How to get into a PhD programme

By James Hayton,
December 17, 2018
I'm James, I'm a former physicist (PhD, Nottingham, 2007) and author of "PhD: An Uncommon Guide to Research, Writing & PhD Life".
Since 2010, I've been helping PhD students all over the world overcome barriers in their research and writing
My strategies have helped thousands of PhD students just like you to build confidence, write better and finish on time

Of course, it helps to have good grades from your previous studies, but everybody else applying for PhD positions probably has good grades, too.

If you want to stand out, you have to do something different. The way I'm going to show you isn't easy or quick, but it works if you're willing to put in the effort.

The first step is to find academics who do the kind of work you are interested in. You can do this in a few different ways;

  • If you are an undergraduate or master's student, find out what research is being done in your department (and who is doing it)
  • Search the literature for interesting work (the kind of work that makes you go, "wow, that's cool")
  • Find books on the specific subject, then look up the supporting references

Identify a few people who you think would be interesting to work with. Then read, deeply, some of their work. Engage with it. Think about it. Then think of a question to ask the author.

If you contact someone with a smart, informed question about their work;

  • You show that you're interested in the work, not just getting the PhD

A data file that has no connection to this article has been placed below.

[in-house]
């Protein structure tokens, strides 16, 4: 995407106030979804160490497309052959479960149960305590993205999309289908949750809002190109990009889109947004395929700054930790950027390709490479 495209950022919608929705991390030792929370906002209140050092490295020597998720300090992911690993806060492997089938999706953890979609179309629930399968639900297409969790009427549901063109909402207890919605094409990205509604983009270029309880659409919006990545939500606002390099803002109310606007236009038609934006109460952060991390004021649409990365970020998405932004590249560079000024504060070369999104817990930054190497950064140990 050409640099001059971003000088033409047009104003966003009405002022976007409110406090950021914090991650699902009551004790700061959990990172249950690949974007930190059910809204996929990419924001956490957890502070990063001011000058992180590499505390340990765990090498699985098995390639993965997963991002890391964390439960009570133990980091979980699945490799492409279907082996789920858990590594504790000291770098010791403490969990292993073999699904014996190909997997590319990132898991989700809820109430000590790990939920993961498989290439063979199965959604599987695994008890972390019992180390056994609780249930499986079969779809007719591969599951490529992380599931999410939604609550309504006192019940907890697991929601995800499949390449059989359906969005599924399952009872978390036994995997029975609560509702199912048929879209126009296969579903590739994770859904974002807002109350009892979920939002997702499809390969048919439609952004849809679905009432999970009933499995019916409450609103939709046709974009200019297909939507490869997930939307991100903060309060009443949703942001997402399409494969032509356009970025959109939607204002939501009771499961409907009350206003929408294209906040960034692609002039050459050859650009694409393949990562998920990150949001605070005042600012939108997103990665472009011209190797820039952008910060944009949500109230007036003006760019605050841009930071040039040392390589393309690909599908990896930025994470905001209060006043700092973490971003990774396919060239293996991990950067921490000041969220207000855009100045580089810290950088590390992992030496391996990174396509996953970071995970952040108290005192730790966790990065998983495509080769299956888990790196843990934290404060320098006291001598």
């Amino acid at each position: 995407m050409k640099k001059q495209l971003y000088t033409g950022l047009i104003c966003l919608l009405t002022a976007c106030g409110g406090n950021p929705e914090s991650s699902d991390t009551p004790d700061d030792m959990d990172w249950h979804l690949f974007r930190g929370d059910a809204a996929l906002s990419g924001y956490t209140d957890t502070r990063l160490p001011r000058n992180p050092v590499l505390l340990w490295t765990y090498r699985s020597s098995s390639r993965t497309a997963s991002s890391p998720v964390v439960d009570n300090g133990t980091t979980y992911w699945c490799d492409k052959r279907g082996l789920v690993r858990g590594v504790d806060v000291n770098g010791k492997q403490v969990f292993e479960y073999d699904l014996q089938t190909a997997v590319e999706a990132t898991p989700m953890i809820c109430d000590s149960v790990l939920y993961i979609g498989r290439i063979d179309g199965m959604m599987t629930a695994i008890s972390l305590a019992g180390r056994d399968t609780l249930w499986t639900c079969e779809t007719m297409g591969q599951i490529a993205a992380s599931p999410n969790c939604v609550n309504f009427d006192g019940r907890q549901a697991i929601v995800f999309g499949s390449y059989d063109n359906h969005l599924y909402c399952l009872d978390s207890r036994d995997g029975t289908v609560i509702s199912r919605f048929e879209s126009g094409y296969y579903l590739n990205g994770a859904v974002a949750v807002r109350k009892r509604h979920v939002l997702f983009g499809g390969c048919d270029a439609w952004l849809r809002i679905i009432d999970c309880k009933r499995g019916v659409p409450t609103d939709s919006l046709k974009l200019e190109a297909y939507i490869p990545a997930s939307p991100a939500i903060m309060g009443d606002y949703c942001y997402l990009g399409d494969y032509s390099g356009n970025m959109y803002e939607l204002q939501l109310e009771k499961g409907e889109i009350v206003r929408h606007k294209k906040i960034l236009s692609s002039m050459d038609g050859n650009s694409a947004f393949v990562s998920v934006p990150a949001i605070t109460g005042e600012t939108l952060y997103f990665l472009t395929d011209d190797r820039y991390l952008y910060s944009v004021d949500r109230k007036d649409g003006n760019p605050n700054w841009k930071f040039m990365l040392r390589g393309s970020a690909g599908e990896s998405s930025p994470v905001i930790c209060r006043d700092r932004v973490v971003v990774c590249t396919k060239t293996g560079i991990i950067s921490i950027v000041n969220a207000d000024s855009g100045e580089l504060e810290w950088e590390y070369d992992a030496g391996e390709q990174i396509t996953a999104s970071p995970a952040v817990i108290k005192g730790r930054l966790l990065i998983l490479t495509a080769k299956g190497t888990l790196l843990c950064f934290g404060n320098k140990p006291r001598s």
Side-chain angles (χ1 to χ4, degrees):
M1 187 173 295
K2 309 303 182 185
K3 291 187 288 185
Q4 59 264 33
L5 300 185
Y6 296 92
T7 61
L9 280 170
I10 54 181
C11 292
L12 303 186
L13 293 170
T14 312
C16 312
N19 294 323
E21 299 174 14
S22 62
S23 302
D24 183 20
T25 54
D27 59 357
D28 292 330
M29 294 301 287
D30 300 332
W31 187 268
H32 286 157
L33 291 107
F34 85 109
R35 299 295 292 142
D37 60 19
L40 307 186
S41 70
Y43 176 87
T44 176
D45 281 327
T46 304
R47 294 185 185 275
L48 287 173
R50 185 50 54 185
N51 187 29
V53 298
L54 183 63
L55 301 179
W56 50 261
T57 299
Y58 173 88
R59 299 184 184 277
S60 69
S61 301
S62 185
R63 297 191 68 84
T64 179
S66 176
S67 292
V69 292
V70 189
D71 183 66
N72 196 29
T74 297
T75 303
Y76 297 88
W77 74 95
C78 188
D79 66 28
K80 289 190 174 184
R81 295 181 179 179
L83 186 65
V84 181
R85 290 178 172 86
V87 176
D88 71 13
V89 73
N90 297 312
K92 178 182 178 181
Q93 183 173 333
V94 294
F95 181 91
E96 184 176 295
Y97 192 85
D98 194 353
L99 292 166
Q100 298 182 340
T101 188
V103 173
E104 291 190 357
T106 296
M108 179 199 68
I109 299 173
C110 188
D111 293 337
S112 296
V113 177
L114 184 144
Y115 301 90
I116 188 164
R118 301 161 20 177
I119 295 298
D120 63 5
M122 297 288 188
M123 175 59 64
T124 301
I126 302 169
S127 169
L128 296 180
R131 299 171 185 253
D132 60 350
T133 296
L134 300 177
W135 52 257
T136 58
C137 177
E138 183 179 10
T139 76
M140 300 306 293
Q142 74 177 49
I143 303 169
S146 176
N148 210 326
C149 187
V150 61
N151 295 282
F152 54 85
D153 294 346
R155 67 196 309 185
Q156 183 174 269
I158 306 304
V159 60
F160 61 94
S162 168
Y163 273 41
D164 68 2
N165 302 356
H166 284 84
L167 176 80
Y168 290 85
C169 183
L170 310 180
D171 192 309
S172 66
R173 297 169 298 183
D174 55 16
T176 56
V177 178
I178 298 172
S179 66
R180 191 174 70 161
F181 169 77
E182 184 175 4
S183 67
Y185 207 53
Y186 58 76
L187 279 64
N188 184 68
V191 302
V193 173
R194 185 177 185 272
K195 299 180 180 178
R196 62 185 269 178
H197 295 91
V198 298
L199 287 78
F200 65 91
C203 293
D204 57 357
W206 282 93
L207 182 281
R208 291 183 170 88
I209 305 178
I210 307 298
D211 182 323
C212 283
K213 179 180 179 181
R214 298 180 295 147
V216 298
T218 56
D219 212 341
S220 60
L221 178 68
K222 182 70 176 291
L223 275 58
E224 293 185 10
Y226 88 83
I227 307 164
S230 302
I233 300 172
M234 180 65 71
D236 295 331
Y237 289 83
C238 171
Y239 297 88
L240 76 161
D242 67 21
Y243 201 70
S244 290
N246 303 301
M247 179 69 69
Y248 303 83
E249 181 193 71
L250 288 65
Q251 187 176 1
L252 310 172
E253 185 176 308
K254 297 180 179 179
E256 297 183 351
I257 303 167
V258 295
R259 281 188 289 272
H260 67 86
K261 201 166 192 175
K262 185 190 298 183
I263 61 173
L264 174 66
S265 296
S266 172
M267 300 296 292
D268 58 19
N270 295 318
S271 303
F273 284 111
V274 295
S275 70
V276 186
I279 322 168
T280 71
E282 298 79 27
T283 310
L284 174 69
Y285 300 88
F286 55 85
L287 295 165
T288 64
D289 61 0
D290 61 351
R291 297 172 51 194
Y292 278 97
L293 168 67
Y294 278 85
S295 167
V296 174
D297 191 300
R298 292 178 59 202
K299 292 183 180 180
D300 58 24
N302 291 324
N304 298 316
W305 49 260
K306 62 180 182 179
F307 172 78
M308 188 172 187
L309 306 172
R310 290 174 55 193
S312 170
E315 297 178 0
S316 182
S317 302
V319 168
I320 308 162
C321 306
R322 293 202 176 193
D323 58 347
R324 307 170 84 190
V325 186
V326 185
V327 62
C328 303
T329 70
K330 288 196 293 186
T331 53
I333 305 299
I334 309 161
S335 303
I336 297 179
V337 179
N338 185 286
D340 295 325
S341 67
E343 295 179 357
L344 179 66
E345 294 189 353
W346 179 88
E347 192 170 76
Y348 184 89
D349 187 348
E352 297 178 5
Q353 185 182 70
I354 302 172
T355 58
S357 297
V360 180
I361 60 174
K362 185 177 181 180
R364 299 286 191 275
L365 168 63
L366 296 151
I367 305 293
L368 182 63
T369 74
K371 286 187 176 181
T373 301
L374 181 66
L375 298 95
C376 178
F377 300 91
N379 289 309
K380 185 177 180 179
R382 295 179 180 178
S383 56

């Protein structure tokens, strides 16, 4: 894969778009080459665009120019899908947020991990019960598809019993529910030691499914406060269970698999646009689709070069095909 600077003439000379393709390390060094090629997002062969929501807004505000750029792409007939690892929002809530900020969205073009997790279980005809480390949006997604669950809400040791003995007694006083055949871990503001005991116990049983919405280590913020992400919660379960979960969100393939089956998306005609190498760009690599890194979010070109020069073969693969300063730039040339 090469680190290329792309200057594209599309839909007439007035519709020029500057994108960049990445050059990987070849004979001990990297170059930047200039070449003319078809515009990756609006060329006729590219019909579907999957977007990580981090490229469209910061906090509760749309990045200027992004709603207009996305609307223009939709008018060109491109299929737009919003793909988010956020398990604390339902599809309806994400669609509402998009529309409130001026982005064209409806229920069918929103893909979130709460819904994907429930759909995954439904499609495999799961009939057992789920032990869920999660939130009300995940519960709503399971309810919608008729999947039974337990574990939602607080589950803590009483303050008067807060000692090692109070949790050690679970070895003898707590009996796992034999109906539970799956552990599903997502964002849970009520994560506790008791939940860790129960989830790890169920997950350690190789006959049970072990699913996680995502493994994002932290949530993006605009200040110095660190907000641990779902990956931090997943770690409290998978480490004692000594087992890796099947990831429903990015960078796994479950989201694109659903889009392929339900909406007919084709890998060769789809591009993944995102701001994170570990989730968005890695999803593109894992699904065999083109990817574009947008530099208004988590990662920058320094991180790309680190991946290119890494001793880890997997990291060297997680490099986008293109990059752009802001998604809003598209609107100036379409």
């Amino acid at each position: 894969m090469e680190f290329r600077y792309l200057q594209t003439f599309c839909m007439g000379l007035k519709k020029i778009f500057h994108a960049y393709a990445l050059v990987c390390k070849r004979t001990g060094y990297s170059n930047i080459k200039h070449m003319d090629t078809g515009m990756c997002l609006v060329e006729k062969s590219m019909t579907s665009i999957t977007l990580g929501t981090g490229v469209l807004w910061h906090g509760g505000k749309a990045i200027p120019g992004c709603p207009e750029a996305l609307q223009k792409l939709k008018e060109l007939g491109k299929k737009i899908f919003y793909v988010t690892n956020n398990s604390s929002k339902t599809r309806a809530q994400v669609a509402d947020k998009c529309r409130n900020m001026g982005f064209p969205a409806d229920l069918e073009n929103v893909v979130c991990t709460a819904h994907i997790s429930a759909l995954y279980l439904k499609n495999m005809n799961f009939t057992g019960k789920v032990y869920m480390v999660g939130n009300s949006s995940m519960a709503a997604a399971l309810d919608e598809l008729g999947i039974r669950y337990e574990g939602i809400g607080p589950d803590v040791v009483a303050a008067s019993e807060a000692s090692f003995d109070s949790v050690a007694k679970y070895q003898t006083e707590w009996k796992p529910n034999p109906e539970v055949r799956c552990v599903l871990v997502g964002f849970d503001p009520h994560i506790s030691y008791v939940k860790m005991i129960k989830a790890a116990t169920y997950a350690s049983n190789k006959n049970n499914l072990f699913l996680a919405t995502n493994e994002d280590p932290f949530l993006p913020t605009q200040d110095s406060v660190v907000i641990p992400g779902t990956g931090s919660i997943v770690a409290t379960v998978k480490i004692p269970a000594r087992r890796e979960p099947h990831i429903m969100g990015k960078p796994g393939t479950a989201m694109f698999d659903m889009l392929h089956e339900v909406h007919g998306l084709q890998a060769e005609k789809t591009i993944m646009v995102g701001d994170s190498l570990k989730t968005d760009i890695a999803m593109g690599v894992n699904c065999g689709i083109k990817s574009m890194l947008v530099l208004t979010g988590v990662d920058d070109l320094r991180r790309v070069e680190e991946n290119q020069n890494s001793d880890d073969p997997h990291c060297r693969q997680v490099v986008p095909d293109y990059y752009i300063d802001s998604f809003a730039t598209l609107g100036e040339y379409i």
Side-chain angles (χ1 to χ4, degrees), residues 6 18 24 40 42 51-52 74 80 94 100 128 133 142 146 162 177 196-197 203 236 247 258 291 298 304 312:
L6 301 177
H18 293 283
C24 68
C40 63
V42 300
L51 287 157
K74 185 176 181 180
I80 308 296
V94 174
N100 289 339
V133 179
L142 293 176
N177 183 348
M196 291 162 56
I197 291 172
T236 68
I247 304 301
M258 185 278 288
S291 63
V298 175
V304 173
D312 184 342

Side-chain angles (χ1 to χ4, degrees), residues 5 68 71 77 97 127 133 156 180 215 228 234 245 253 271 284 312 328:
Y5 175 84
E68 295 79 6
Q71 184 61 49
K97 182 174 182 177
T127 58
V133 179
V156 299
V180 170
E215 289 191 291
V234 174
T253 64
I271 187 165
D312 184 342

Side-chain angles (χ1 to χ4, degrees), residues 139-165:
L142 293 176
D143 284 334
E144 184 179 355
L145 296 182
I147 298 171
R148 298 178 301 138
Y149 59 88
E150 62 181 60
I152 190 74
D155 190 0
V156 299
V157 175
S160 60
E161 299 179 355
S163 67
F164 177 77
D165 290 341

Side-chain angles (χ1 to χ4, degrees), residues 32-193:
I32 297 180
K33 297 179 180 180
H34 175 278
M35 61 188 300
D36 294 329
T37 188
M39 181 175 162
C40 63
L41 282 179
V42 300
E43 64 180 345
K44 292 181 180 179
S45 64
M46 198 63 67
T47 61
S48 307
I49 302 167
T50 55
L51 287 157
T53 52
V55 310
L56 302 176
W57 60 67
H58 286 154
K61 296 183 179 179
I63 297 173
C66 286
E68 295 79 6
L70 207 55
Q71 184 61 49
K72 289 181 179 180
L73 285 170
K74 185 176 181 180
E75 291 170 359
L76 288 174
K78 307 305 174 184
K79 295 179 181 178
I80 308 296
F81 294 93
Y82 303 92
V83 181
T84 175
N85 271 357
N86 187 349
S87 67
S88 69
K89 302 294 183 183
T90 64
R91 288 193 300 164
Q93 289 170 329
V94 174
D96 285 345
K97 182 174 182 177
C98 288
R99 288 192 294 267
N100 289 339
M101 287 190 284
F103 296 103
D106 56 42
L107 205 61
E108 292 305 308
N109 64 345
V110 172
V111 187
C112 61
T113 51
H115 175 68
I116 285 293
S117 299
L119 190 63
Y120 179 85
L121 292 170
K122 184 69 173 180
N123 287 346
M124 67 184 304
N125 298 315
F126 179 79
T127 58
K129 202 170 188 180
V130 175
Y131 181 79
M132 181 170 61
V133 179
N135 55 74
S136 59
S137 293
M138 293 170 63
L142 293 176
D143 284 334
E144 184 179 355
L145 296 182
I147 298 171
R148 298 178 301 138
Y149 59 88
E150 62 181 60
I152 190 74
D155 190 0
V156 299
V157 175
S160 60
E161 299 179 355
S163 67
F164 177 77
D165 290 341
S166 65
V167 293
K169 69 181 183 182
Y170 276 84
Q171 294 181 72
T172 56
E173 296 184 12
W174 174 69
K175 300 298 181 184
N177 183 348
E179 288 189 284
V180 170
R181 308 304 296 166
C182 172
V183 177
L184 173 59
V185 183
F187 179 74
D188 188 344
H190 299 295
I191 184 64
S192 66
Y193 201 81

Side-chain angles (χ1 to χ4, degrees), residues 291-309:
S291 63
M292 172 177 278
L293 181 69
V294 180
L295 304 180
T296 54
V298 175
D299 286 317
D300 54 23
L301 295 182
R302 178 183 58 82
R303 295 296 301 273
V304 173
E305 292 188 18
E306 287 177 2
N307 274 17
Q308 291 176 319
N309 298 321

• You show that you're proactive
  • You put yourself ahead of the 99% of other candidates who don't do this

In the initial email, though, you shouldn't ask about PhD positions. You can mention that you're thinking about doing one and that you came across their paper while reading around the subject, but don't ask them to be your supervisor yet. 

Engage in conversation and keep it exclusively around the technical questions you started with. See it as a foundation phase; making contacts and getting a feel for who you might want to work with.

After going through this process a few times you can start making applications. Contact people you've had correspondence with before, let them know that you're now applying for PhD positions and ask them if they would be interested in supervising you.

Doing things this way takes time and patience, but it's a fantastic way to prepare yourself for a PhD and find good people to work with.

Note #1: If you see an advertised PhD position, go through the same process, but faster. Read the work of the potential supervisor and contact them directly and independently of the application with a question about their work.

Note #2: This process also works for applying for postdoc positions, too

See also:
Who you work with is just as important as what you do
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